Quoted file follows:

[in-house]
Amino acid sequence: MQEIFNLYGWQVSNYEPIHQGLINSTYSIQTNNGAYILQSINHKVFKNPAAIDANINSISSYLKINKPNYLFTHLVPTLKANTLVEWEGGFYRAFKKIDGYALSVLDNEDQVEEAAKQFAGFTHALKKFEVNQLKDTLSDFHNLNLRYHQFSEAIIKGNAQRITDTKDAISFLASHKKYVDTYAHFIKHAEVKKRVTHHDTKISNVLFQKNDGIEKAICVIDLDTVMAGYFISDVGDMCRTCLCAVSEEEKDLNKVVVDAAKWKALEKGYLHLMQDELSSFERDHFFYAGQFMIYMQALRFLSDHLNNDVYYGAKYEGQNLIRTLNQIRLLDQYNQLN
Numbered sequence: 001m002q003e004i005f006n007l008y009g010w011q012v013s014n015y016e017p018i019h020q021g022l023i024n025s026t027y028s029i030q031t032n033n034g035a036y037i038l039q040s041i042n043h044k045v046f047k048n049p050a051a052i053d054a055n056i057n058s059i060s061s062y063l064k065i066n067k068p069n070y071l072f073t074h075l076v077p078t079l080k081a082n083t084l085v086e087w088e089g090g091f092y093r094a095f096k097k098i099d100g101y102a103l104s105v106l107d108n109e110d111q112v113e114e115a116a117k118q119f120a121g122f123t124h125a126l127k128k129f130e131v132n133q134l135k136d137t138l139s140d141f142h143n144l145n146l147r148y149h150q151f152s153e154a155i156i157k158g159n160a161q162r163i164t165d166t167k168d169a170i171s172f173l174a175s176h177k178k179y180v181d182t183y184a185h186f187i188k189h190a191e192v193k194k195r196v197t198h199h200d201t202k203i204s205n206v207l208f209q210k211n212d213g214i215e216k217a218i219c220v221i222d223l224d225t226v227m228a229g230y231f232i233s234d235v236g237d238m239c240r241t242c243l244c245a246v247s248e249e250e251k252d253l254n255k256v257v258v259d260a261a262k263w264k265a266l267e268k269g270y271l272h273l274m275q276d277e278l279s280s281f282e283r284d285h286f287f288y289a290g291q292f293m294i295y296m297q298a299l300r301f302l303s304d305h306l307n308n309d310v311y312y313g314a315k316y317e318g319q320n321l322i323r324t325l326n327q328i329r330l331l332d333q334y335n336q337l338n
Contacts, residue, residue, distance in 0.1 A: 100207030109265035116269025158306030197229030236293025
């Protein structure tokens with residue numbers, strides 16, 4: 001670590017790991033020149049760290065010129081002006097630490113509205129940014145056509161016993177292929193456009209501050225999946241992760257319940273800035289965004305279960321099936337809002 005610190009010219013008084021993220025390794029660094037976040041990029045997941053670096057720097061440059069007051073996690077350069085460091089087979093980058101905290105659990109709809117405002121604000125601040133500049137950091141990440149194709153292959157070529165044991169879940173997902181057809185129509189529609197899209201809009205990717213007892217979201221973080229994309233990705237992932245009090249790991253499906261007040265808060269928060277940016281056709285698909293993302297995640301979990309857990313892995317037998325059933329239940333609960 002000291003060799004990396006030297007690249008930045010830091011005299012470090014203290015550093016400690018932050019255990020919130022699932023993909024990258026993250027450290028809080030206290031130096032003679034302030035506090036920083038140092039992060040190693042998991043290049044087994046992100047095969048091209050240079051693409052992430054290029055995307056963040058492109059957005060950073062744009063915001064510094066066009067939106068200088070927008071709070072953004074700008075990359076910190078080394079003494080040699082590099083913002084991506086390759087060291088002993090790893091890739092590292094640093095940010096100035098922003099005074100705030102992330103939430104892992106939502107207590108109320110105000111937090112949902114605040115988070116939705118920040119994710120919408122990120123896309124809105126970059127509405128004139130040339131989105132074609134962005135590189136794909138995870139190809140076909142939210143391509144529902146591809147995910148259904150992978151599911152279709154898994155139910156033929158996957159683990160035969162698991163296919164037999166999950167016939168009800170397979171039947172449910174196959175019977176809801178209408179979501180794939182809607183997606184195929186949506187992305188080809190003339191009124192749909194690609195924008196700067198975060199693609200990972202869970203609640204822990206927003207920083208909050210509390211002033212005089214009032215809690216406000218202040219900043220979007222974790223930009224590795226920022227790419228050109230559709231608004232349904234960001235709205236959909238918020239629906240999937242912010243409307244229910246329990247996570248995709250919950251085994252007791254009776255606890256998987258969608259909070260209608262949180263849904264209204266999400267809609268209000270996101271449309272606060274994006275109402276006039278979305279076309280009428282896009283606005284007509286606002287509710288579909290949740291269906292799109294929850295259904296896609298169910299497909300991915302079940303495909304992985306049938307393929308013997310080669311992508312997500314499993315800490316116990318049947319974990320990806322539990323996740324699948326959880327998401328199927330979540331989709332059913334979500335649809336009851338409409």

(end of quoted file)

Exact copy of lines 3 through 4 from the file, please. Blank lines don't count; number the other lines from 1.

Numbered sequence: 001m002q003e004i005f006n007l008y009g010w011q012v013s014n015y016e017p018i019h020q021g022l023i024n025s026t027y028s029i030q031t032n033n034g035a036y037i038l039q040s041i042n043h044k045v046f047k048n049p050a051a052i053d054a055n056i057n058s059i060s061s062y063l064k065i066n067k068p069n070y071l072f073t074h075l076v077p078t079l080k081a082n083t084l085v086e087w088e089g090g091f092y093r094a095f096k097k098i099d100g101y102a103l104s105v106l107d108n109e110d111q112v113e114e115a116a117k118q119f120a121g122f123t124h125a126l127k128k129f130e131v132n133q134l135k136d137t138l139s140d141f142h143n144l145n146l147r148y149h150q151f152s153e154a155i156i157k158g159n160a161q162r163i164t165d166t167k168d169a170i171s172f173l174a175s176h177k178k179y180v181d182t183y184a185h186f187i188k189h190a191e192v193k194k195r196v197t198h199h200d201t202k203i204s205n206v207l208f209q210k211n212d213g214i215e216k217a218i219c220v221i222d223l224d225t226v227m228a229g230y231f232i233s234d235v236g237d238m239c240r241t242c243l244c245a246v247s248e249e250e251k252d253l254n255k256v257v258v259d260a261a262k263w264k265a266l267e268k269g270y271l272h273l274m275q276d277e278l279s280s281f282e283r284d285h286f287f288y289a290g291q292f293m294i295y296m297q298a299l300r301f302l303s304d305h306l307n308n309d310v311y312y313g314a315k316y317e318g319q320n321l322i323r324t325l326n327q328i329r330l331l332d333q334y335n336q337l338n
Contacts, residue, residue, distance in 0.1 A: 100207030109265035116269025158306030197229030236293025